The presence of the plates 18a, 18b with the perforated holes provides a restriction to free flow of air from the filter 32 into chamber 16. By reason of this restricted airflow passage, a pressurized volume 34 is defined between the filter 32 and the top wall 18. The top wall 18 extends completely to and is connected to rear wall 22. However, top wall 18 is spaced from the front wall 24 by a spacing 36, the function of which will be described.
Surrounding both the bottom wall 20 and rear wall 22 exterior of chamber 16 is a recycling plenum 38. The recycling plenum 38 communicates with the sample chamber 16 through a first opening 40 in the form of a grill through the floor 20 adjacent the front wall 24. Further, a second opening or grill 42 is formed through the back wall 22 near floor 20, permitting airflow communication between the chamber 16 and the recycle plenum 38. The recycle plenum 38 communicates in free airflow communication with the blower chamber 14 such that recycled air can be drawn from the sample chamber 16 through openings 40, 42 through plenum 38 and recycled to the blower 14 to be drawn into the inlet of the blower 28 as it operates.
An exhaust plenum 44 is provided having an inlet 46 positioned in airflow communication with the pressure zone 34 and with an outlet 48 exterior of the housing 12. A valve 50 is provided in the form of a cap 52 sized to cover outlet 48.
The valve or cap 52 is hinged to the housing 12 by a mounting bracket 54. A spring 56 (shown schematically in FIG. 2) biases the cap 52 to pivot to a down position (shown in phantom lines in FIG. 2) covering the exhaust outlet 48. A rotary solenoid 58 is provided such that upon actuation of the solenoid 58, the cap 52 pivots to the up position shown in FIG. 2 permitting unrestricted airflow out of the exhaust opening 48. An exhaust duct 53 surrounds cap 52 to protect cap 52 and to act as a heat sink for solenoid 58.
As mentioned, the blower 28 is actuated by an electric motor 27 which is connected to a switch 29 activated by an operator as is conventional. The solenoid 58 is connected in parallel with the power for the motor 27 such that the actuator 58 is energized whenever the blower 28 is operating. Accordingly, whenever the blower 28 is operating, the cap 52 is in the open position. Whenever the blower 28 is not operating, the cap 52 is automatically returned to the closed position with the aid of spring 56.
Having thus described the structure of the clean air cabinet 10, the operation of the clean air cabinet 10 can best be understood with reference to FIG. 1. The blower 28 forces air at high velocity out of the outlet 30 and towards the HEPA filter as indicated by airflow lines A. The air flows out of the filter 32 as indicated by airflow lines B toward the top wall 18. As it passes through the filter 32, the air is cleansed of bacteria, viruses and toxic particulate matter and other contaminants.
The filtered airflow B is restricted by reason of top wall 18 to create a high pressurized area 34. A portion of the flow (indicated by line B') passes through the inlet 46 of exhaust plenum 44 and is exhausted through the outlet 48. Also, a portion B" passes through the space 36 and travels along the interior surface of the front wall 24. Since the space 36 is an enlarged space relative to the perforations of wall 18, the airflow B" is about 100 feet per minute. The perforations and spacing of the plates 18a, 18b provide a laminar flow C directed downwardly from wall 18 at a velocity of about 60 feet per minute.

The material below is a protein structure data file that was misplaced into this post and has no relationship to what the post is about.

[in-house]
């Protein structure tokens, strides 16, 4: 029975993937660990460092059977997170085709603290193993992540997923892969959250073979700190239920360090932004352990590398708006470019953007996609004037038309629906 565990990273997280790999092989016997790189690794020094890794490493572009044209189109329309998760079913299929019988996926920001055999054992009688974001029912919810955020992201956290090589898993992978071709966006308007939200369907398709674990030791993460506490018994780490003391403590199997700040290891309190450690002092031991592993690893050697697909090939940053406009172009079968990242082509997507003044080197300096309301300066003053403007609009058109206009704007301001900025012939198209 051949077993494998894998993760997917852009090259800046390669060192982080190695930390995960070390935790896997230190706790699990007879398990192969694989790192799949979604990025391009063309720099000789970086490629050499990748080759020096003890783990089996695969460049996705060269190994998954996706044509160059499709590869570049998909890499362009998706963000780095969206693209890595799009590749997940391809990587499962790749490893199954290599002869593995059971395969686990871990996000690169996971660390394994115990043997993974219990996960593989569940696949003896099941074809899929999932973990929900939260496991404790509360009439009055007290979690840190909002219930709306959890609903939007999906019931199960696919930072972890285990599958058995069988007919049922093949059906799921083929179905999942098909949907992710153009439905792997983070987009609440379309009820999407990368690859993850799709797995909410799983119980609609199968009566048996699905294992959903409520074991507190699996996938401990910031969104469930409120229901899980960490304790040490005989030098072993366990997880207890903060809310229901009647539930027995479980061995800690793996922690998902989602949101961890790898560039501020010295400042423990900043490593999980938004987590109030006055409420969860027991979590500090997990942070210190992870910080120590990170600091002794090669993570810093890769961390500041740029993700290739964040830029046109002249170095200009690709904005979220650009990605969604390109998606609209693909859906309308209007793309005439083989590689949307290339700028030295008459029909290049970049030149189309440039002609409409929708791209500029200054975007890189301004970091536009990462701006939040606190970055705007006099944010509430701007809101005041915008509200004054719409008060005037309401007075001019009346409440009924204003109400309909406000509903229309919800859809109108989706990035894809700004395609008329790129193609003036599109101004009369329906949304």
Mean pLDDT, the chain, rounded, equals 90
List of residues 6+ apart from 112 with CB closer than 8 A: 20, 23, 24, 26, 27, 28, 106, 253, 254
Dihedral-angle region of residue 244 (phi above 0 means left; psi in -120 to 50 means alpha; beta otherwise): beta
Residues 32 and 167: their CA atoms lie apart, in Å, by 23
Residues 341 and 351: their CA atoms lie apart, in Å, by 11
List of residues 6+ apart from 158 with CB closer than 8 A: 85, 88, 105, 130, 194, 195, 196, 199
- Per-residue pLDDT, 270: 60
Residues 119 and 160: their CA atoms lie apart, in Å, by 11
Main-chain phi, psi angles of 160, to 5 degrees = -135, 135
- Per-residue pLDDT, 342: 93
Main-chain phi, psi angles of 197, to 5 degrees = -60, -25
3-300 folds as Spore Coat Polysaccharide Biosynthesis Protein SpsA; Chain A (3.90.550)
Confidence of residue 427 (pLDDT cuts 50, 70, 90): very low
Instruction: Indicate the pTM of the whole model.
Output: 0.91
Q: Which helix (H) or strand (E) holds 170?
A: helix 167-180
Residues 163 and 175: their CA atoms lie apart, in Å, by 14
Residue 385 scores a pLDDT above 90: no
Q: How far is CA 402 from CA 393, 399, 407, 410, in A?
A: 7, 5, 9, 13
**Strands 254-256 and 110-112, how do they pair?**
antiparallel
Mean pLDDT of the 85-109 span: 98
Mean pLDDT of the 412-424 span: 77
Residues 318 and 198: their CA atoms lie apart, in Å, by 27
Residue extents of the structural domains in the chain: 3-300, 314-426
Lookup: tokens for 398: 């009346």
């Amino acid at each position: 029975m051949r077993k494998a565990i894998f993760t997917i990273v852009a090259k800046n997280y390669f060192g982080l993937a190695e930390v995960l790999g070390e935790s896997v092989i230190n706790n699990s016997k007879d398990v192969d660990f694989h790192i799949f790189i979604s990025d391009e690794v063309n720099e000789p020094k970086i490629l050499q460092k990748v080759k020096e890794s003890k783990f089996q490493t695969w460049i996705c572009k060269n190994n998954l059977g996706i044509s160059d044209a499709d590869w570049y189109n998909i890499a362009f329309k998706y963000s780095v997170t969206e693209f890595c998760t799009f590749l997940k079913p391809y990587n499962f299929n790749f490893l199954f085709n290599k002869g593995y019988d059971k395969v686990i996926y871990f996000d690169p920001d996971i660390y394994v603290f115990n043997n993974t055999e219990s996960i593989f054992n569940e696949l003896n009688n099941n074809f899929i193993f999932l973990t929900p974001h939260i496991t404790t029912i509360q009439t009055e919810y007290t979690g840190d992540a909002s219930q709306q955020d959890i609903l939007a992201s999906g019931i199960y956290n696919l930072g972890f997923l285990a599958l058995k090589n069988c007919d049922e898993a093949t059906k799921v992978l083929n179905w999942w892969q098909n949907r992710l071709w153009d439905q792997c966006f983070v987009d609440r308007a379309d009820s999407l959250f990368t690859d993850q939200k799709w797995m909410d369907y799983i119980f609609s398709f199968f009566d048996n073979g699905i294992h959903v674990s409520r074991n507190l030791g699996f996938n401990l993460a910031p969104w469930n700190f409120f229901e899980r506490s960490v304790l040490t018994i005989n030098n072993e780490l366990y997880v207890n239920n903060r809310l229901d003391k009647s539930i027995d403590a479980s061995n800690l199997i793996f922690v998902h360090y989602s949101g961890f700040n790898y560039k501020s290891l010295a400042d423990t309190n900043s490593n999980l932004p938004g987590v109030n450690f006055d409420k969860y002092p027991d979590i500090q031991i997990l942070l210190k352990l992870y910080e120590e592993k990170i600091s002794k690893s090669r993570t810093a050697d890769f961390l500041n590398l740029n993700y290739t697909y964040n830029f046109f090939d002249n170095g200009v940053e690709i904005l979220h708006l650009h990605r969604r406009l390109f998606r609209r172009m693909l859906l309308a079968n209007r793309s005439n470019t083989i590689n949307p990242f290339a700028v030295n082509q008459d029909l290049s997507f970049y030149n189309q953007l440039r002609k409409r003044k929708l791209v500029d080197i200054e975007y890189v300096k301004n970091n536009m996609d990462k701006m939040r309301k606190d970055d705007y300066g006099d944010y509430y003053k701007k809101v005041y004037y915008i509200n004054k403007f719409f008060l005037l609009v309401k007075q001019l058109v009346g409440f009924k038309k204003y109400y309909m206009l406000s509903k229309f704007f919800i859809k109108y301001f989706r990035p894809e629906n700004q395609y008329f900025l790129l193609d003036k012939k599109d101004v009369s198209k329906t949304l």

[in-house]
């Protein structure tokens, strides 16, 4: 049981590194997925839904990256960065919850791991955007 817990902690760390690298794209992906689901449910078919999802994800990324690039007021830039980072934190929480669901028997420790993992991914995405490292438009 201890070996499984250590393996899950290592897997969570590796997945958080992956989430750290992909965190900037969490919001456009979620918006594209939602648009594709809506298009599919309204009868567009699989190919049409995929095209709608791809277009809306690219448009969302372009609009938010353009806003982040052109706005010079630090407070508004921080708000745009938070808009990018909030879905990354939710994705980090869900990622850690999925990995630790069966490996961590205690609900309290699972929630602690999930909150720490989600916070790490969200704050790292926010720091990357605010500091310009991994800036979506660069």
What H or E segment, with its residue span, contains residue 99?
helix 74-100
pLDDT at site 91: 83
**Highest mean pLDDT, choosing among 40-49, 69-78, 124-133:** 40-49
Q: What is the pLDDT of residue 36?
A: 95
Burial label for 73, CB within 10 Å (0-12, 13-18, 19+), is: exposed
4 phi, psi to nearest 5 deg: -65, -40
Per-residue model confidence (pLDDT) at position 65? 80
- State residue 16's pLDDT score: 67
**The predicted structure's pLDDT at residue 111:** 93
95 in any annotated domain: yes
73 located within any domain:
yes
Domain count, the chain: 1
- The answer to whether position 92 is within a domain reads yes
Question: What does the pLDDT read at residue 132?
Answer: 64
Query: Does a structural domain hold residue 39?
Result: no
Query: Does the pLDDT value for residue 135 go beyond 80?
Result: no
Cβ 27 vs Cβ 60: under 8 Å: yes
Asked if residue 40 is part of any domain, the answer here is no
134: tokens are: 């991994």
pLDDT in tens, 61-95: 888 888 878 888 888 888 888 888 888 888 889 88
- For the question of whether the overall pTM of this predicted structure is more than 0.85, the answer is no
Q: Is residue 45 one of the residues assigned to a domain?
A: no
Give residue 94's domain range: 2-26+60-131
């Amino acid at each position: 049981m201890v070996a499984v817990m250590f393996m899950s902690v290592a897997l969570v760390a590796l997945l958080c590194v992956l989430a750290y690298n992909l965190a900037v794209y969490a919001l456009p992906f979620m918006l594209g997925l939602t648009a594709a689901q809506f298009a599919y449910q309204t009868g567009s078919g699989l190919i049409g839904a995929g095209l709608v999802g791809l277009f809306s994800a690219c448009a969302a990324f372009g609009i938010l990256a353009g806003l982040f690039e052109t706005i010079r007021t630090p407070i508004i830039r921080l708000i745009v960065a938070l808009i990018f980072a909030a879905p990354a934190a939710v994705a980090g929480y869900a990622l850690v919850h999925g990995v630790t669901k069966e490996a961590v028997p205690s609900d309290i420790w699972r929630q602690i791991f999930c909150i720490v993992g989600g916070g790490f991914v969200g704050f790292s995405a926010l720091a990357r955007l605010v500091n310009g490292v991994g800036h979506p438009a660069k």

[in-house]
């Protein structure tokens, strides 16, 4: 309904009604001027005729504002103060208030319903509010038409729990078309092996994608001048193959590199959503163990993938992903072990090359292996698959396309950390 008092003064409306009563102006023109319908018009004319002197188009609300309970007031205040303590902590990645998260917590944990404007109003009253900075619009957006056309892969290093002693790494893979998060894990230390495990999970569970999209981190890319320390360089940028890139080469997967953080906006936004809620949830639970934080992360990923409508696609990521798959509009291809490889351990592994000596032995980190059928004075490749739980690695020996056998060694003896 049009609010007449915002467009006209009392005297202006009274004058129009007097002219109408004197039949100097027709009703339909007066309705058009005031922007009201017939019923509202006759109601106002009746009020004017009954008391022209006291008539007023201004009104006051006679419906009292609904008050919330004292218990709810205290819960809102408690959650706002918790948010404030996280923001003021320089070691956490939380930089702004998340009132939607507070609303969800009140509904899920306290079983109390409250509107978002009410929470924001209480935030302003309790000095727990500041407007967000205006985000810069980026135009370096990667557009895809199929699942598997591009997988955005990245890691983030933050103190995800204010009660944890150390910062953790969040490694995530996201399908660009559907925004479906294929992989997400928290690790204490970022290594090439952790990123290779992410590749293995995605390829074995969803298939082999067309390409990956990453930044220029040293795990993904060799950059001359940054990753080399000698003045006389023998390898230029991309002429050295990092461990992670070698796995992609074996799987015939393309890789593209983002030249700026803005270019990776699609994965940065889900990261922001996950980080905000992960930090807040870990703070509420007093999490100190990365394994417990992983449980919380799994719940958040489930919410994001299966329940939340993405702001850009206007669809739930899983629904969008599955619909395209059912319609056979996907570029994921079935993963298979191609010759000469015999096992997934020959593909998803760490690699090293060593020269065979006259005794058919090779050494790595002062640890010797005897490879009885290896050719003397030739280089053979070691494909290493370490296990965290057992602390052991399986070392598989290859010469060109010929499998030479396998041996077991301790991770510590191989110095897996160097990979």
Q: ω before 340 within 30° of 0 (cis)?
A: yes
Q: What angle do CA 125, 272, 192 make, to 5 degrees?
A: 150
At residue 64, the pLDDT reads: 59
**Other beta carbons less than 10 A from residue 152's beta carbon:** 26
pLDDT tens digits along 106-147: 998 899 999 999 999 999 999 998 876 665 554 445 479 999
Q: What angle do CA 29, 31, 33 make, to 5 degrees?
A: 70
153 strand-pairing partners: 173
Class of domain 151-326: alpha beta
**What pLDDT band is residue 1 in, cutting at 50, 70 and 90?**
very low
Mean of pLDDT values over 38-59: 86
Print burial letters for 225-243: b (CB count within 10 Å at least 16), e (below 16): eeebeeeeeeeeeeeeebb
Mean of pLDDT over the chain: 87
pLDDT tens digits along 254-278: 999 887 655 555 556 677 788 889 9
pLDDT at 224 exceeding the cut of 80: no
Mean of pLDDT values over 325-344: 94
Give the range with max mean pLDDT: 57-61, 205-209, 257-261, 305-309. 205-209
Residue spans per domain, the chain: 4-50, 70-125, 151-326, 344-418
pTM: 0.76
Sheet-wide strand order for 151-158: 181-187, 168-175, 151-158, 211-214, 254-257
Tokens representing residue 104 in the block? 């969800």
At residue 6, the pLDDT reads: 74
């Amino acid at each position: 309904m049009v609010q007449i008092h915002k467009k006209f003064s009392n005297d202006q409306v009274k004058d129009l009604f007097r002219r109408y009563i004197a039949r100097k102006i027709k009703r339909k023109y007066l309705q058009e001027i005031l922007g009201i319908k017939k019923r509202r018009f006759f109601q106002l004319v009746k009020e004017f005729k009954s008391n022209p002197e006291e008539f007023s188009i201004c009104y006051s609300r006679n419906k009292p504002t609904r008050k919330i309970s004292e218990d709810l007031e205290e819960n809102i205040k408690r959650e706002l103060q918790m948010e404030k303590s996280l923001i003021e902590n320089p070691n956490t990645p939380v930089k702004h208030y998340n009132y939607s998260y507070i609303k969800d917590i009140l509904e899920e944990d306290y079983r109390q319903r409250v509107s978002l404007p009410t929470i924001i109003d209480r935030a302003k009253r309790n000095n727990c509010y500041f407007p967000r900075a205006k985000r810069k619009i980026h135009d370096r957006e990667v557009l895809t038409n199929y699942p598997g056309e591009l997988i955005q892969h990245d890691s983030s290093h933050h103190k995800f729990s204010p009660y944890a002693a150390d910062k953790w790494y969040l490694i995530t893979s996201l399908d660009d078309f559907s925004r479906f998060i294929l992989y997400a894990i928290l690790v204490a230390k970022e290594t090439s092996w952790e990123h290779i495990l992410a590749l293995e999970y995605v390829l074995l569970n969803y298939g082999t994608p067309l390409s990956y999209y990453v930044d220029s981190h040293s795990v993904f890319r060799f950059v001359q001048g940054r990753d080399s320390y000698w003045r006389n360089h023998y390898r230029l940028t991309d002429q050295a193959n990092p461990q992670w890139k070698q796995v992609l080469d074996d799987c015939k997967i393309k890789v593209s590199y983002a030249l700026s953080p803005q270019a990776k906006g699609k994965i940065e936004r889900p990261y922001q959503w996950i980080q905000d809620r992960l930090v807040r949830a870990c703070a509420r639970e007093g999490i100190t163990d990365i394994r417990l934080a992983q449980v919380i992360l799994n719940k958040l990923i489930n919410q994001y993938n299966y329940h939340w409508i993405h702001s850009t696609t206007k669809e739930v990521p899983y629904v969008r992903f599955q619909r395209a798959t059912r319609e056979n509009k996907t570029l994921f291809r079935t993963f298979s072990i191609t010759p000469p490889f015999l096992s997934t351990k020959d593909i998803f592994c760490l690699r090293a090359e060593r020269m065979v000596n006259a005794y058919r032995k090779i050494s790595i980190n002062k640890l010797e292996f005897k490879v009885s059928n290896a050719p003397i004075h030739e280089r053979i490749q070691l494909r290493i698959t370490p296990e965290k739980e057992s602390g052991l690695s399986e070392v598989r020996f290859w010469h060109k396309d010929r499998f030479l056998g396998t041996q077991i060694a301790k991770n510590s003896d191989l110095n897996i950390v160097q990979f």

The operation of the fan or blower 28 causing airflow B' to flow out of the exhaust plenum 44 results in a suction within plenum 38. The suction causes ambient air to flow as indicated at lines D through the access opening 26 and into grill 40. Further, remaining flow within chamber 16 passes through openings 40,42 into the recycle plenum 38.
The flow D is preferably at a rate sufficient to ensure contaminants which may be within chamber 16 are not drawn out through access opening 26 (about 90 feet per minute). The desired flow rate is achieved by sizing plenum 44 such that the volume flow rate of air out of exhaust plenum 48 will equal the desired flow rate through access opening 26. The flow B" along wall 24 ensures a wash of air along the wall which provides, in addition to flow D, a curtain of air at access opening 26 to prevent contaminants from exiting chamber 16 through access opening 26.
When the blower 28 is turned off, the solenoid 58 de-energizes and the spring 56 causes the cap 52 to pivot to the closed position shown in phantom lines in FIG. 2. With the cap in the closed position, contaminants in ambient air cannot be drawn into plenum 44. This is necessary by reason of the fact there is only one HEPA filter 32 in the present design and the exhaust plenum 44 and the sample chamber 16 are both downstream of the filter 32. If contaminants were to enter the plenum 44, the contaminants could migrate into chamber 16. The cap 52 prevents the entrance of such contaminants into the plenum 44.
With the invention thus described, it will be appreciated by those skilled in the art that modifications and equivalents of the disclosed concepts are possible. It is intended that the scope of the present invention and claims shall include such modifications and equivalents.
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|U.S. Classification||96/399, 454/61, 55/DIG.18, 55/338, 55/417, 55/311, 55/473, 55/385.2|
|International Classification||F24F3/16, B08B15/02, B01D46/10|
|Cooperative Classification||B08B2215/003, Y10S55/18, B01D46/10, B08B15/023, F24F3/1607|
|European Classification||F24F3/16B3, B01D46/10, B08B15/02B|
|May 12, 1998||CC||Certificate of correction|
|Jan 2, 2001||FPAY||Fee payment|
Year of fee payment: 4
|Dec 3, 2004||FPAY||Fee payment|
Year of fee payment: 8
|Mar 16, 2009||REMI||Maintenance fee reminder mailed|
|Sep 9, 2009||LAPS||Lapse for failure to pay maintenance fees|
|Oct 27, 2009||FP||Expired due to failure to pay maintenance fee|
Effective date: 20090909